Pound for Pound in BTU's... Pine is # 2

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Bubbavh

Feeling the Heat
Oct 22, 2008
475
NJ Piney
Well it is according to these guys! How skewed was the control... one may never know. I'll bite because I like to to think all the work I put into my pine pile is worth it!

Weight in #'s to produce 1 mil BTU's

Wood #'s

Hickory 145.35#
Pine 156.39#
Maple 172.05#
Oak 172.69#
Alder 172.78#

http://www.homefirelogs.com/comparison.html#3
 

smokinj

Minister of Fire
Aug 11, 2008
15,980
Anderson, Indiana
I dont see the hedge apple(osage orange) I like testing my saw on pine and make a lot of small cuts (cookes) and spike the fire with them when its real cold out!
 

Bubbavh

Feeling the Heat
Oct 22, 2008
475
NJ Piney
OK OK so I have to load the stove 3 times to make a pound! (with pine)
 
Interesting. Maybe more energy is stored per pound in pine pitch than in non-pitchy wood.

I looked at other sources, and the other woods were very close together, with pine being notably higher in BTU/#.
 

daveswoodhauler

Minister of Fire
May 20, 2008
1,847
Massachusetts
I think its a conspiracy theory from those west coast folks :)
Kidding of course!
 

crazy_dan

New Member
Dec 26, 2007
857
Missouri
you ever see a Christmas tree go up in flames? yes pine has some pretty flammable stuff in it.
 

thebeatlesrgood

New Member
Aug 7, 2008
95
Northern MA
even though hes pretty crazy :) im with crazy_dan. the sap in pine is incredibly flammable and offers a lot of heat, its almost like napalm. # for #, pure sap would probably top the list. im sure that significantly adds to the overall btu/# rating. i got a big load of pine and was just screwing around, and i scraped off maybe an 1/8 cup of fresh sap from a round. it goes up like crazy and burned for about 10+ minutes. yeah i know, im a pyro.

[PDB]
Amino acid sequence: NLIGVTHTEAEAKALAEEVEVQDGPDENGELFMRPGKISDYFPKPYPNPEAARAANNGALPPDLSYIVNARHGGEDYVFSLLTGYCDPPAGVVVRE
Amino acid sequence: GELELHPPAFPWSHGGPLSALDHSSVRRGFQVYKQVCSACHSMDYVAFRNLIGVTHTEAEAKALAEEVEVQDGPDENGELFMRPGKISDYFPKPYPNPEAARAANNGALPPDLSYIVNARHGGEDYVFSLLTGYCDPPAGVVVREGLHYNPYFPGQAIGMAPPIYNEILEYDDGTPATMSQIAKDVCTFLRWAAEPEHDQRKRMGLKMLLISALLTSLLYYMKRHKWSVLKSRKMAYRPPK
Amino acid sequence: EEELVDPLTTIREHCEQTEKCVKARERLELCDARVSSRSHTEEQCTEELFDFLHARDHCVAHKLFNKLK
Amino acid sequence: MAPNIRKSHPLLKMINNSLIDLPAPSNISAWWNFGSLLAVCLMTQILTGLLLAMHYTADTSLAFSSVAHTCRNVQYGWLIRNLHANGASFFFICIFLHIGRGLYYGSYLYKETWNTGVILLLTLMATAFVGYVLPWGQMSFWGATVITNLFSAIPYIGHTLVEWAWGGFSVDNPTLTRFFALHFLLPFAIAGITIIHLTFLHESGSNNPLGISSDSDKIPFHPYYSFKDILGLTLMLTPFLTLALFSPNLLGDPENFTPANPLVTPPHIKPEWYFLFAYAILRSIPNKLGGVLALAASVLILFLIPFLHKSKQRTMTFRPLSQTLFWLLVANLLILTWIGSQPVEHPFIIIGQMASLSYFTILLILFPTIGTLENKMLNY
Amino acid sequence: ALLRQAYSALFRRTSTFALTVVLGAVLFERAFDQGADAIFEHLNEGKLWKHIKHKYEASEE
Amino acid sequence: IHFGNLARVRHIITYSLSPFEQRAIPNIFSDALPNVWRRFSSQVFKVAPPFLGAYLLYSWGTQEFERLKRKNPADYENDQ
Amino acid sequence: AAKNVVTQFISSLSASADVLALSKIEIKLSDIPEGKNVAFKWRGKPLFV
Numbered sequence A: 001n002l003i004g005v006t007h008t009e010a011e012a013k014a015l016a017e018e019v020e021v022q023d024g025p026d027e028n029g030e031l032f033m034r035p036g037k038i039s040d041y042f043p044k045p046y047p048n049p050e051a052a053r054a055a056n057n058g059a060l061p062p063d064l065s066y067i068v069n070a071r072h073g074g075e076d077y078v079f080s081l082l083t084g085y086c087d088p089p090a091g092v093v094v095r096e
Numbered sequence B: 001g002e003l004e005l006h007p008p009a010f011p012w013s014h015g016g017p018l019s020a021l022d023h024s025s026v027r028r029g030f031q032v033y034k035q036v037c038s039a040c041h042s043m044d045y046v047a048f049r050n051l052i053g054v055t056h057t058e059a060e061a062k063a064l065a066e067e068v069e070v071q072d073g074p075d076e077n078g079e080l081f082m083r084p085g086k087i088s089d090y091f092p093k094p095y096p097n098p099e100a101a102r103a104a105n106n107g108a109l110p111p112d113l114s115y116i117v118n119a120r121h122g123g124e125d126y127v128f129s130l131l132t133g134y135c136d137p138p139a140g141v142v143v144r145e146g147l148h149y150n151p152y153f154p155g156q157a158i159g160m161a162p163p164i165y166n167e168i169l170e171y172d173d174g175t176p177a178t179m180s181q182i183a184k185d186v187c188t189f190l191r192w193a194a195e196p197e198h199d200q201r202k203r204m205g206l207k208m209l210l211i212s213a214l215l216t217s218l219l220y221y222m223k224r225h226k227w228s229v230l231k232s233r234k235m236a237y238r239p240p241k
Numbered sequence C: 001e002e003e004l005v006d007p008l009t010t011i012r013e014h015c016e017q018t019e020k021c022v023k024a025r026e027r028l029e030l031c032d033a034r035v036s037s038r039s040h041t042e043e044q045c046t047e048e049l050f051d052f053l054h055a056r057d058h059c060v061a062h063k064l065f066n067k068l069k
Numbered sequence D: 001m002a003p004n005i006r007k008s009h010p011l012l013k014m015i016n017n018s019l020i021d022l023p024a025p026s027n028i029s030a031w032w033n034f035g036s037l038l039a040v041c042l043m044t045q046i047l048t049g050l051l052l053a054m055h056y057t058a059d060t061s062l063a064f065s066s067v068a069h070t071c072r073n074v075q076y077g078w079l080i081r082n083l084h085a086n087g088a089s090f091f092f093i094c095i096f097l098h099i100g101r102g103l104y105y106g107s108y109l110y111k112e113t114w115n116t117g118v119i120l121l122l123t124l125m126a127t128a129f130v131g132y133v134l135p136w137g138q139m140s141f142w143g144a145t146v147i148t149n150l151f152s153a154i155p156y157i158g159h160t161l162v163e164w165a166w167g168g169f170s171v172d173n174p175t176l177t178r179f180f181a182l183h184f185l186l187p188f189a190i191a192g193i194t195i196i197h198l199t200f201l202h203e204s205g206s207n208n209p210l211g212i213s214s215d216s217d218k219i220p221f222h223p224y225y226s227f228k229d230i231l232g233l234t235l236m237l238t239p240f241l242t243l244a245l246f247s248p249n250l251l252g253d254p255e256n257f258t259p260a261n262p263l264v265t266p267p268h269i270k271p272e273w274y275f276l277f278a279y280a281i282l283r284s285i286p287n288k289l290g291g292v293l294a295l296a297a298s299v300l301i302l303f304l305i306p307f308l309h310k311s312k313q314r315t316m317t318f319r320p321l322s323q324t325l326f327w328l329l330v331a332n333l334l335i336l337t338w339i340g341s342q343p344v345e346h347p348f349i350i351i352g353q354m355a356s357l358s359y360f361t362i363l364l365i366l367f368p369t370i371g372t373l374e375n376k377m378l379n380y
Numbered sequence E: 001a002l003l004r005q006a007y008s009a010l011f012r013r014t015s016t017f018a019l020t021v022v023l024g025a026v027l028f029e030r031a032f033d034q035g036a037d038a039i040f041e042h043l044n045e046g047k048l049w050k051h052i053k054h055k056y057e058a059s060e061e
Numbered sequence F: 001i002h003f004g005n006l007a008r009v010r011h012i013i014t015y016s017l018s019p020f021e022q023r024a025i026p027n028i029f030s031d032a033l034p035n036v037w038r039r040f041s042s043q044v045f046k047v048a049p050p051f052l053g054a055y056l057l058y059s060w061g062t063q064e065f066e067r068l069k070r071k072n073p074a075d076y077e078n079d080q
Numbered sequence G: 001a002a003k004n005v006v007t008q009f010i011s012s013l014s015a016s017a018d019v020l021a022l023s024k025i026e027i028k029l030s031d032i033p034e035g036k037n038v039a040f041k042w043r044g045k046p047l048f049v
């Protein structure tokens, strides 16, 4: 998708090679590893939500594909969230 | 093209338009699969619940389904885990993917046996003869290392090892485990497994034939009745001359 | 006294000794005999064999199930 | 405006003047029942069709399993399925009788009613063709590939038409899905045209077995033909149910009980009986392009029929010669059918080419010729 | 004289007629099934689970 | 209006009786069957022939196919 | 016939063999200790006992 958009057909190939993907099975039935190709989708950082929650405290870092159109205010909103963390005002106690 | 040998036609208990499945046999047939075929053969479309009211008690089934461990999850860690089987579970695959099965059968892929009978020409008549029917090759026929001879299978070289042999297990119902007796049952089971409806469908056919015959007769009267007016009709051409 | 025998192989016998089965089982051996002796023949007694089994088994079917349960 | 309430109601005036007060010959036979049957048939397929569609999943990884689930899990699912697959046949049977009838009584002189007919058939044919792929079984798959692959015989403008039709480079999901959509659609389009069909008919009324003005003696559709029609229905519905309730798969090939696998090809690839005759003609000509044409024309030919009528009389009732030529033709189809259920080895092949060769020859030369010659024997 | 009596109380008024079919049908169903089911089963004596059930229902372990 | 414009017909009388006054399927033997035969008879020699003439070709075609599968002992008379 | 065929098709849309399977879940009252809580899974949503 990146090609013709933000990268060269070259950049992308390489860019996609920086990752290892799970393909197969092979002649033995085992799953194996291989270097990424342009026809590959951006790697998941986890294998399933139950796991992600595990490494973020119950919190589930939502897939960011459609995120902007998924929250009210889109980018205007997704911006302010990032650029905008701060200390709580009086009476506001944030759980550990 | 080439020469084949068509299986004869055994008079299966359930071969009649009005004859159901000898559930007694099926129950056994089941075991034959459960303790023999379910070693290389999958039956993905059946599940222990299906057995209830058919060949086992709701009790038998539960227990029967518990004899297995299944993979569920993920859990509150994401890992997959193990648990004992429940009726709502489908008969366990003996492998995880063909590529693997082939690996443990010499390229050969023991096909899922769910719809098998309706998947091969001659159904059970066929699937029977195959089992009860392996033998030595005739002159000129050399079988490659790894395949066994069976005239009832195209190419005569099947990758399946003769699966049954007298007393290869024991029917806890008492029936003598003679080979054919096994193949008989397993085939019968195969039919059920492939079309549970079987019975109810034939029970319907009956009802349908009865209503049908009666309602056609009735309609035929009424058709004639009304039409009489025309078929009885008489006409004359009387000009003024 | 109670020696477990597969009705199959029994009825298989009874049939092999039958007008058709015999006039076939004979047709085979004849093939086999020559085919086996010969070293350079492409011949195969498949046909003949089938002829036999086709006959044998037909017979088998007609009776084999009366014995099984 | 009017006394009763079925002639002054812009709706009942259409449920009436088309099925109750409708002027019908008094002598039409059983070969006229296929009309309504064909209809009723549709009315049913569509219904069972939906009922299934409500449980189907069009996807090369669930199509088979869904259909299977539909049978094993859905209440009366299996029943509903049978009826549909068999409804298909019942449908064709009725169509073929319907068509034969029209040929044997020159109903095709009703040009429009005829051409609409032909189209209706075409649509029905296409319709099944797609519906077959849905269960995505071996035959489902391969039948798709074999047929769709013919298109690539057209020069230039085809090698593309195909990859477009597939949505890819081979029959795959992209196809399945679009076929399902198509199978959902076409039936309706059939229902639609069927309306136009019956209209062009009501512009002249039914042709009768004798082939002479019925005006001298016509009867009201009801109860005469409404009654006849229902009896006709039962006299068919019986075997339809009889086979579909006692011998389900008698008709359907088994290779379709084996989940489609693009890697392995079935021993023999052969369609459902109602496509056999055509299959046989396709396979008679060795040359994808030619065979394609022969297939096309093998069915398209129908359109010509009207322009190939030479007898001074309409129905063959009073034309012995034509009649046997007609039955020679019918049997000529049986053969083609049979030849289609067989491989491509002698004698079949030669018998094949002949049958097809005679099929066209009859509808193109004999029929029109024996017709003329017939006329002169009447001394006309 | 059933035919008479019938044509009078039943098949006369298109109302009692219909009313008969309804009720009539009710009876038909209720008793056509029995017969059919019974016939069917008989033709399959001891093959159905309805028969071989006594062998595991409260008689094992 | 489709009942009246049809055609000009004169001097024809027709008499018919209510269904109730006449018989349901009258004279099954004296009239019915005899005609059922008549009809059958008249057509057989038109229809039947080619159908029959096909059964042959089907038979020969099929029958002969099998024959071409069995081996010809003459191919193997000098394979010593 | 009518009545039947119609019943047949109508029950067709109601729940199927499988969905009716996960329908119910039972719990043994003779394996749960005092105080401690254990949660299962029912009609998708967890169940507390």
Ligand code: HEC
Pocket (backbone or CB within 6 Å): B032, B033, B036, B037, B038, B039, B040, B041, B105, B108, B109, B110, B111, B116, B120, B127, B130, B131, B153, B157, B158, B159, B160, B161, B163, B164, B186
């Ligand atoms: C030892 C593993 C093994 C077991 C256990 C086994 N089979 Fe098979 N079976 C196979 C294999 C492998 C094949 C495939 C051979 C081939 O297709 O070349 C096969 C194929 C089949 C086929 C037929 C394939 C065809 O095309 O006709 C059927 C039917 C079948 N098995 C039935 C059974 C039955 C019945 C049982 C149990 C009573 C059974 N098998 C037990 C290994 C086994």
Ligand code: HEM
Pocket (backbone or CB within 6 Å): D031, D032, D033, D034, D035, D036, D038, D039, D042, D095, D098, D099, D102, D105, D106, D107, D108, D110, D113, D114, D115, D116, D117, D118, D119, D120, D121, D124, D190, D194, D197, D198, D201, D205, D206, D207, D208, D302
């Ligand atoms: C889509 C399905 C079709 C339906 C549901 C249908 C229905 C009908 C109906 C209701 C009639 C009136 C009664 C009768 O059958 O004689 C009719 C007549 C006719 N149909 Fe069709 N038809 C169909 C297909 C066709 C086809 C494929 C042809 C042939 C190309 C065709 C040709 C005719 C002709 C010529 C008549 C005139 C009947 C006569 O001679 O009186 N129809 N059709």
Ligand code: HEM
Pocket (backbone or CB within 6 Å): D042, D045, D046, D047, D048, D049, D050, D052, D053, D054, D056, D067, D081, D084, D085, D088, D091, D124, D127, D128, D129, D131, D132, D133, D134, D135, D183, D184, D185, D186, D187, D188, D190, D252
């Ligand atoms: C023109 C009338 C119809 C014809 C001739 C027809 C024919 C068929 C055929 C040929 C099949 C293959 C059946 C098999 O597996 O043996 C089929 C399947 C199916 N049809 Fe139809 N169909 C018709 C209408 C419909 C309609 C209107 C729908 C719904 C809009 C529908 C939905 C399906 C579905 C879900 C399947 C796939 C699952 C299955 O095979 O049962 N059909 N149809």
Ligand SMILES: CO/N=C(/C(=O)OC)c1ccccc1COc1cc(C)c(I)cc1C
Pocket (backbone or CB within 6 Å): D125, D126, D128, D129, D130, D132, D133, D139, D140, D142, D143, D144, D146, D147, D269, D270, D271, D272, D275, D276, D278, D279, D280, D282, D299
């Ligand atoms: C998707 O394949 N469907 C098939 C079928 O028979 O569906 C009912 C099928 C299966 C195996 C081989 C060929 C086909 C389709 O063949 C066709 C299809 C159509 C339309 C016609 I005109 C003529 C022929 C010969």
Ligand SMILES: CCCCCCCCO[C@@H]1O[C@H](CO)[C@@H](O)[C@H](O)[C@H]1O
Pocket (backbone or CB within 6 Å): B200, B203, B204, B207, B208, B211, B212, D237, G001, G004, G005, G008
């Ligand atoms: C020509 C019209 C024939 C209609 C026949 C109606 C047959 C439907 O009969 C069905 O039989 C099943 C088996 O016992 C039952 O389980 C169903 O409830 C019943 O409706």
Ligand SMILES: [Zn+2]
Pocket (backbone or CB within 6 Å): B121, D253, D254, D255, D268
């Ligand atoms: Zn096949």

Sap does burn fast, but that does not mean that it has more energy per pound than wood. I am speculating that it may. As noted on another thread- explosives don't necessarily have a lot of energy per molecule as compared to other materials- they just release it all at once.
 

Pagey

Minister of Fire
Nov 2, 2008
2,435
Middle TN
My dad cut a bunch of pine back in March or April of this year to keep the needles from junking up the pond on his mother's cattle farm. Not sure what species of pine this is, but it has a very slick bark. Not the large, flaky pieces like the pines on his property. It's been cut up and sitting in a barn since then, and it's only gotten lighter and lighter. On my lunch break today, I drove down to the barn and picked up enough to fill the Endeavor about 2/3 full tonight. I'm going to see how it performs. I know this is a sin, and I know I will go blind and grow hairy palms. Please pray for me.
 

Jags

Moderate Moderator
Staff member
Aug 2, 2006
18,201
Northern IL
Pagey said:
My dad cut a bunch of pine back in March or April of this year to keep the needles from junking up the pond on his mother's cattle farm. Not sure what species of pine this is, but it has a very slick bark. Not the large, flaky pieces like the pines on his property. It's been cut up and sitting in a barn since then, and it's only gotten lighter and lighter. On my lunch break today, I drove down to the barn and picked up enough to fill the Endeavor about 2/3 full tonight. I'm going to see how it performs. I know this is a sin, and I know I will go blind and grow hairy palms. Please pray for me.
You forgot about the going sterile part. :eek:hh:
 

jpl1nh

Minister of Fire
Jan 25, 2007
1,593
Newfields NH
Pagey said:
My dad cut a bunch of pine back in March or April of this year to keep the needles from junking up the pond on his mother's cattle farm. Not sure what species of pine this is, but it has a very slick bark. Not the large, flaky pieces like the pines on his property. It's been cut up and sitting in a barn since then, and it's only gotten lighter and lighter. On my lunch break today, I drove down to the barn and picked up enough to fill the Endeavor about 2/3 full tonight. I'm going to see how it performs. I know this is a sin, and I know I will go blind and grow hairy palms. Please pray for me.
I've heard that the Hairy Palms are high in BTU's also.
 

thebeatlesrgood

New Member
Aug 7, 2008